The indigenous redemption of liberal universalism
in Colonial exchanges
Abstract only
Log-in for full text

You are not authenticated to view the full text of this chapter or article.

manchesterhive requires a subscription or purchase to access the full text of books or journals - to see content that you/your institution should have access to, please log in through your library system or with your personal username and password.

If you are authenticated and think you should have access to this title, please contact your librarian.

Non-subscribers can freely search the site, view abstracts/extracts and download selected front and end matter. 

Institutions can purchase access to individual titles; please contact for pricing options.


If you have an access token for this content, you can redeem this via the link below:

Redeem token

Christianity has affinity with liberal universalism to the extent that it warrants faith that all humans are capable of improvement, regardless of their 'race'. Certain colonised intellectuals developed forms of liberal universalism that enabled critical commentary on prolonged tutelage. To illustrate the anti-colonial resourcefulness of the liberalisms of the colonised, this chapter quotes from the writings of five indigenous intellectuals: Peter Jones, Charles Eastman, Zitkala-Ša, Apirana Ngata and William Cooper. For Cooper, the Empire was a realm of universality, not in the sense that it embraced all of humanity but in the sense that it was not racially exclusive: every native people would have its chance, if British ideals were realized. Karuna Mantena has argued persuasively that John Stuart Mill's liberalism was unstable in a way characteristic of 'the structure of imperial ideology'.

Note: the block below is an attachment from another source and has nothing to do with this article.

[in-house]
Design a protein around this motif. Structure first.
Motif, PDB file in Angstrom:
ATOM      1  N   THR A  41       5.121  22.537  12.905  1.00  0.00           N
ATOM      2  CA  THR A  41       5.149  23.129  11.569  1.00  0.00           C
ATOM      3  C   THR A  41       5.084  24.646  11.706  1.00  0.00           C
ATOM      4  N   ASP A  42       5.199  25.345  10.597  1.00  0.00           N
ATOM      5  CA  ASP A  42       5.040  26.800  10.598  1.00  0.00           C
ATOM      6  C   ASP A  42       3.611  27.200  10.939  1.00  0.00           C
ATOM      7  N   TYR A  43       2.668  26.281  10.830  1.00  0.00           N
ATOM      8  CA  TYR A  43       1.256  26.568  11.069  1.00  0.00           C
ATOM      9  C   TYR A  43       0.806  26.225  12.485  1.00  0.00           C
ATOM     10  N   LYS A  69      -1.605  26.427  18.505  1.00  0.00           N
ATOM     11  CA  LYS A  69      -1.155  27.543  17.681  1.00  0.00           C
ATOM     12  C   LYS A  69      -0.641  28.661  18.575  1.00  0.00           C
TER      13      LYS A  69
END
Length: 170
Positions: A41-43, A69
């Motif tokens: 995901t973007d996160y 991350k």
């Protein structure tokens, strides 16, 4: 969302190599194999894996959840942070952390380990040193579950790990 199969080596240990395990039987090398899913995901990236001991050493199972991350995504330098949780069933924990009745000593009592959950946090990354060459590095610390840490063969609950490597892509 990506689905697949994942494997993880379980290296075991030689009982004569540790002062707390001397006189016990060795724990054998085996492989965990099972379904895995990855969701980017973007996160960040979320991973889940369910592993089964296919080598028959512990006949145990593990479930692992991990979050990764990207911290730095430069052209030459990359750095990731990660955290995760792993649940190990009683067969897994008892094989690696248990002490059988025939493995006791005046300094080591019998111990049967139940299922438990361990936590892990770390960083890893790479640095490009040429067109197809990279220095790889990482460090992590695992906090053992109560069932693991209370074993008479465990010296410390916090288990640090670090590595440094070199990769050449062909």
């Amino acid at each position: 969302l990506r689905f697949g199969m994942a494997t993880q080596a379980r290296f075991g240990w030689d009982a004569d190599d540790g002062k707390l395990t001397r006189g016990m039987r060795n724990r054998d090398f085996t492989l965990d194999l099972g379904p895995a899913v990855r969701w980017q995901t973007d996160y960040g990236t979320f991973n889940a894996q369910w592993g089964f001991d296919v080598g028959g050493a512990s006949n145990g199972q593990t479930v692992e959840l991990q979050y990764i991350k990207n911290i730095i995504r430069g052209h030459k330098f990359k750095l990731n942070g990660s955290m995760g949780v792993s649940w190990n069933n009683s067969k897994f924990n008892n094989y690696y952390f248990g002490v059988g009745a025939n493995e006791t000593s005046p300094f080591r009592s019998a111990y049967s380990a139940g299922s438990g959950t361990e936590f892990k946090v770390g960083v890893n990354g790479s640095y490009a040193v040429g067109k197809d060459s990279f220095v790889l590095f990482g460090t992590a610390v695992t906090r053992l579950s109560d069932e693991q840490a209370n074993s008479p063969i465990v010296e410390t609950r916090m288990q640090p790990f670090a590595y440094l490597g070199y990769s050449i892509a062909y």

Colonial exchanges

Political theory and the agency of the colonized



All Time Past Year Past 30 Days
Abstract Views 32 6 0
Full Text Views 14 3 0
PDF Downloads 11 4 0